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Somewhere in a mountain village in the Himalaya, a woman folds a taro leaf into a cone, fills it with soil, and sows a seed. She waters her little cone with waste water from the kitchen, creating an enabling environment for the seed to germinate in.

Improving the management of water resources in the Hindu Kush Himalayas means recognizing those connections and building them into policy making and development


The Hindu Kush Himalaya (HKH) is one of the most dynamic, diverse, and complex mountain systems in the world, providing fresh water resources to more than 210 million people in the mountains and 1.3 billion people downstream.

are no contaminants in the water we drink can drastically improve human health and well-being. Keeping this in mind, the International Centre for Integrated Mountain Development (ICIMOD) and the Myanmar

ICIMOD in partnership with the Myanmar Institute for Integrated Development (MIID) has been implementing the EU-funded Rural Livelihoods and Climate Change Adaptation Programme in Myanmar since last two years. The programme aims to support

Alpine eco-systems are sensitive to global temperature rise and have been a focus of climate change research. As resources of fresh water, the cryosphere as a whole, and glaciers in particular, have drawn much interest from the scientific community.

Every year, monsoon precipitation results in floods of various magnitudes inundating large areas of the Ganges, Brahmaputra, and Indus basins in the Hindu Kush Himalayan (HKH) region. Flooding results in loss of lives and livelihoods displacing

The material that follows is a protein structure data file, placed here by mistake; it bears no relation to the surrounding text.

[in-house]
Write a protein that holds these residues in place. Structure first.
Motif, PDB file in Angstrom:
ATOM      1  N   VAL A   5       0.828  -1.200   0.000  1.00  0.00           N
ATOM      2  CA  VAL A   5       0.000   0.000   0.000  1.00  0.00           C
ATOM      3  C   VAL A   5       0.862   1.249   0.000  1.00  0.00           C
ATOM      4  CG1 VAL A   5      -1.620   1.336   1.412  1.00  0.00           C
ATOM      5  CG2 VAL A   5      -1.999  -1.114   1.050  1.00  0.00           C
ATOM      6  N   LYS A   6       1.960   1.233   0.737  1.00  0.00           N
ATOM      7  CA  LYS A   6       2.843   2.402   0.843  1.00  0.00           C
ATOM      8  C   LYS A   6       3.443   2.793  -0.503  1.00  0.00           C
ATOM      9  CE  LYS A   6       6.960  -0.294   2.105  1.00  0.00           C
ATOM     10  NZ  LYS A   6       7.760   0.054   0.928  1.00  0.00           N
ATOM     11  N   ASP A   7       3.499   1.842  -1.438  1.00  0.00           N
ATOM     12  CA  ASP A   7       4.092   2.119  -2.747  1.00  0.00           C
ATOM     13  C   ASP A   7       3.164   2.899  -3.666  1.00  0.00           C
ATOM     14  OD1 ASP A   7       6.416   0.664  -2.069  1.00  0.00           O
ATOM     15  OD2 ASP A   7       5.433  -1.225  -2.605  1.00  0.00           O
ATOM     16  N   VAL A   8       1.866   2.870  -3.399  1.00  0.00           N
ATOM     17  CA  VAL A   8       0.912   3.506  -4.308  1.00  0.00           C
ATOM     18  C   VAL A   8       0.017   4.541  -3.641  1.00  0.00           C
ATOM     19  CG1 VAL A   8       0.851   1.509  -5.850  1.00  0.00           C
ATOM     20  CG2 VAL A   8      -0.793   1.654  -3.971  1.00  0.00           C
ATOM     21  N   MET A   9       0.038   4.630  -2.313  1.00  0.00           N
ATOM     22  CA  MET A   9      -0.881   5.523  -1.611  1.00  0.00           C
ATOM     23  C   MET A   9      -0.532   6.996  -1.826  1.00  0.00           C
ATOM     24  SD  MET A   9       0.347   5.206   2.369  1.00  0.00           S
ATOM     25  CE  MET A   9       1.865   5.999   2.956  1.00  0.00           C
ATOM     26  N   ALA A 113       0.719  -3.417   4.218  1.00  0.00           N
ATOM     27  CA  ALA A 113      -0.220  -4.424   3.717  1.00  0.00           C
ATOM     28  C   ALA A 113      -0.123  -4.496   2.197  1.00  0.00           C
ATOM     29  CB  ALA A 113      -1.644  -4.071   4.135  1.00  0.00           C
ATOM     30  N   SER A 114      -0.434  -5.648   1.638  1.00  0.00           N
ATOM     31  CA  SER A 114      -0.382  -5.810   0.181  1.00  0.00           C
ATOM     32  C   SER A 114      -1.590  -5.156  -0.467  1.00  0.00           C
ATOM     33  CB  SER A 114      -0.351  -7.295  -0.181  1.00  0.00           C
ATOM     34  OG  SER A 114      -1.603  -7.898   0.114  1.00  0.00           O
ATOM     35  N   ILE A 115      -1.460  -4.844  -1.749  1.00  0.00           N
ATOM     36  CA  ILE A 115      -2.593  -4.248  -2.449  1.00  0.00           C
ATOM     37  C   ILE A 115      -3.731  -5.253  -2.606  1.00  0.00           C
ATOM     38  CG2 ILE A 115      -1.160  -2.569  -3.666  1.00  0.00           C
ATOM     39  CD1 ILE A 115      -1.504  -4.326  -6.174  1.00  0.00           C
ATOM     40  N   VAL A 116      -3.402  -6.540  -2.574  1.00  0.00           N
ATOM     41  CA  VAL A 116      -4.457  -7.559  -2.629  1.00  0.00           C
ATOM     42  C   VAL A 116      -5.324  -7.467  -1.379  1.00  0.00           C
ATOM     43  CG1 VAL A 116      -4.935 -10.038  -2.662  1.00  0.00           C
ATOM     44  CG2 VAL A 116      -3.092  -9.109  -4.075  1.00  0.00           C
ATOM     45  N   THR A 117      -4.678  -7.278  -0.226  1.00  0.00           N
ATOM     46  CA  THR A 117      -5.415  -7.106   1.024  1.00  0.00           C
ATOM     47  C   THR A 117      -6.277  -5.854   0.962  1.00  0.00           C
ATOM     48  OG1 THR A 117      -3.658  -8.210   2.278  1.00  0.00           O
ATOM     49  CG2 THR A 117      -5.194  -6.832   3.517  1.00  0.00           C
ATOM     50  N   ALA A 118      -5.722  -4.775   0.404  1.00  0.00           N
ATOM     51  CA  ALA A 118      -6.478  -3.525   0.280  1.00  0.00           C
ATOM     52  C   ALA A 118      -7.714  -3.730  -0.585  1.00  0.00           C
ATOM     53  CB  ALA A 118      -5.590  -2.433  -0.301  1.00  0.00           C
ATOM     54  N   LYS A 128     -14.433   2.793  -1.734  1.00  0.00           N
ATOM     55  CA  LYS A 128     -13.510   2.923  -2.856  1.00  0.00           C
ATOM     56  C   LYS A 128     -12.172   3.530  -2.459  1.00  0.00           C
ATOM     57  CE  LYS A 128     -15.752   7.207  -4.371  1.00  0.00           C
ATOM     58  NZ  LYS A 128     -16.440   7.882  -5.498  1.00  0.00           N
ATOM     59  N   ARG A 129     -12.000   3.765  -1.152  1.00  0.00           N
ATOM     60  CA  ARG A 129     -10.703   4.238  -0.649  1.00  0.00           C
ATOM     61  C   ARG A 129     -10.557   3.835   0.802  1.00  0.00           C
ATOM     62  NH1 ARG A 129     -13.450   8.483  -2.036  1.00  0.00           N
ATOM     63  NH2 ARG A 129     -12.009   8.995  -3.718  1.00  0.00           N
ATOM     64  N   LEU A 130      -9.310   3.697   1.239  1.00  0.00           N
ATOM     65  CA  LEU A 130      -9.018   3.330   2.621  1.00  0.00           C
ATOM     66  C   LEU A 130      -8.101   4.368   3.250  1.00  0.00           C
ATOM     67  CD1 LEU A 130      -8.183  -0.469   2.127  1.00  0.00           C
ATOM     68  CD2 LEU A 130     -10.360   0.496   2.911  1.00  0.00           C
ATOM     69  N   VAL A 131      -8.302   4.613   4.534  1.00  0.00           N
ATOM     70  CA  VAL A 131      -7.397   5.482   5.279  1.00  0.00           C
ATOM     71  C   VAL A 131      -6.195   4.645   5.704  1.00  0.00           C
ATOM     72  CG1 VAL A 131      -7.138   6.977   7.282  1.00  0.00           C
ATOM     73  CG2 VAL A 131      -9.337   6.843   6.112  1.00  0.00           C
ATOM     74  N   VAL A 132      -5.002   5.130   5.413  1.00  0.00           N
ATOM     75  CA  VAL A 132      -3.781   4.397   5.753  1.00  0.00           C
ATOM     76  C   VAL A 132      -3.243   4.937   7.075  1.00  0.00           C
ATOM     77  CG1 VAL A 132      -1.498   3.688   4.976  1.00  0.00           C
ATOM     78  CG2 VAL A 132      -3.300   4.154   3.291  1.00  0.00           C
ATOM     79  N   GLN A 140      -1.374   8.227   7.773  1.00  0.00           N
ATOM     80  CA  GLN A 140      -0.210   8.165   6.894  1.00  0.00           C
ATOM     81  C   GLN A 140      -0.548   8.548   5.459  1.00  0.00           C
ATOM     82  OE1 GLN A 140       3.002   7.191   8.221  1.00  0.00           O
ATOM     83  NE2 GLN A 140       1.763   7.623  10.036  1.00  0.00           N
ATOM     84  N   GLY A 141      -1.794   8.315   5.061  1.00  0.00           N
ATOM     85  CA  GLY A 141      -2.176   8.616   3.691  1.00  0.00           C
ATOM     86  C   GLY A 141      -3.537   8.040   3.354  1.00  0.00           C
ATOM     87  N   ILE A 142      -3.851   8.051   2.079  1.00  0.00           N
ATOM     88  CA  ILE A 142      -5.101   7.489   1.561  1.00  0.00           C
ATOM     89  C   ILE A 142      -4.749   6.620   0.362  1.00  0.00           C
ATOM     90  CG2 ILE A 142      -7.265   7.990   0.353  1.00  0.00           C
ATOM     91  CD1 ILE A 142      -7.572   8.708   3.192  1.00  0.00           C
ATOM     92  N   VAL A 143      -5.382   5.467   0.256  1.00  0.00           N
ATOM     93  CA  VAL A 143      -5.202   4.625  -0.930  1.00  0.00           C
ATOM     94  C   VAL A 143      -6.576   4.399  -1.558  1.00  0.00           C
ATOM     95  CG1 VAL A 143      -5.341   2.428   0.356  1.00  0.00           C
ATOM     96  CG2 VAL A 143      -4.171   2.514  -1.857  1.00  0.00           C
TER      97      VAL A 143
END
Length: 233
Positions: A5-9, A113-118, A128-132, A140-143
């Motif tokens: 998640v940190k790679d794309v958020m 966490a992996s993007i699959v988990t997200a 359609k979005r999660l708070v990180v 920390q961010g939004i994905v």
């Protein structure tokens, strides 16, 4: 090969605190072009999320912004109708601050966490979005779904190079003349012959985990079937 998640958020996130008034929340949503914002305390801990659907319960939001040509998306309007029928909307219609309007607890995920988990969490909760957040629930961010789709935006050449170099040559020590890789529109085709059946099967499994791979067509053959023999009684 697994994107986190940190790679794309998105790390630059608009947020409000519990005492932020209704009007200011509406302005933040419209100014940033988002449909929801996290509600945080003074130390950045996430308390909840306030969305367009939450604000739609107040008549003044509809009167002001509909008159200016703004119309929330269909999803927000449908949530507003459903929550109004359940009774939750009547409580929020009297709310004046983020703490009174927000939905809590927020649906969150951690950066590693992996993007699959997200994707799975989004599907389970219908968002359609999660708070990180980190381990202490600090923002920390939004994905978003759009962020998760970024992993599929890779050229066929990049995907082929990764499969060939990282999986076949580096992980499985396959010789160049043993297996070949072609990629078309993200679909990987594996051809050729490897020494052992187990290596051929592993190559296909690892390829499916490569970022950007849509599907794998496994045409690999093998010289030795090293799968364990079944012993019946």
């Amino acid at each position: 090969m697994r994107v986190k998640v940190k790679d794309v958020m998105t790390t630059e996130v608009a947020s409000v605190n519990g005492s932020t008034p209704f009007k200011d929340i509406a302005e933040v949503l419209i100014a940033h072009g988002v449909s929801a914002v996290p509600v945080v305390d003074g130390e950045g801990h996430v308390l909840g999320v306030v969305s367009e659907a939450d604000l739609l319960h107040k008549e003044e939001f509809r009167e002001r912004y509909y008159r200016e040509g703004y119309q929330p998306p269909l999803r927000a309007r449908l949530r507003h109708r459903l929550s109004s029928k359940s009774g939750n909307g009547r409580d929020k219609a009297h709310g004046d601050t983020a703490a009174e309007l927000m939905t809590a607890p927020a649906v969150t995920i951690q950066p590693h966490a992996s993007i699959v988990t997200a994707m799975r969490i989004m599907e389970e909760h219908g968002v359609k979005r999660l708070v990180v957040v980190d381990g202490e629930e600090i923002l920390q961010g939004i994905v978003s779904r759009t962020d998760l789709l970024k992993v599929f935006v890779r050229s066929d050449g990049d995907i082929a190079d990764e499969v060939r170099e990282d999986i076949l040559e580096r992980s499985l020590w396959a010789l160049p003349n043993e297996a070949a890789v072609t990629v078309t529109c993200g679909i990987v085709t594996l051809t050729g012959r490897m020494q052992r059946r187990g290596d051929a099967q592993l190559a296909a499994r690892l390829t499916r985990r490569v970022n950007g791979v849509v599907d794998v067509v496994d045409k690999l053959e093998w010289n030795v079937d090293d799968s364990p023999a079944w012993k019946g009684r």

The training is a regular annual activity conducted under the Cryosphere Monitoring Programme (CMP) of the International Centre for Integrated Mountain Development (ICIMOD). It aims to build the capacities of national partners on the use of Remote

and consequently, a lot of water resources projects are being planned and constructed. Unfortunately, the country still takes the conventional project-by-project approach to development, which has

World Water Day 2017

Nepal attempt to transform water management through water use master plans Villages in the Koshi River basin have to contend with a myriad issues around water management, including how it is distributed, how much is distributed, and


Farmers from Nepal’s Sindupalanchowak and Ramechap districts attended a four-day hands-on training on water harvesting technology, bio-intensive agriculture farming system, and enclosed composting from 16 to 19 August 2017.

A multiple-use water system

and related issues. Water resources assessment tools are needed to promote meaningful

is leading to water scarcity for millions of people in the growing cities of the Hindu Kush Himalayas. The massive river systems that supply the water for a range of daily needs, from drinking water to electricity generation, can’t

river basin can improve water resource management, was the key message of the regional ‘water-livelihoods-gender nexus’, workshop 24-25 March in Kathmandu hosted by the International Centre of

has suffered from an acute water shortage for several years. To meet the area’s water demand, a new project to provided sufficient water for their daily life of municipal citizens is under construction

20. Water
of the water originates around the highest mountains on earth, a region often called “the third pole” because of its immense concentration of snow and ice, the largest outside the Arctic and Antarctic. Relying on a complex interplay of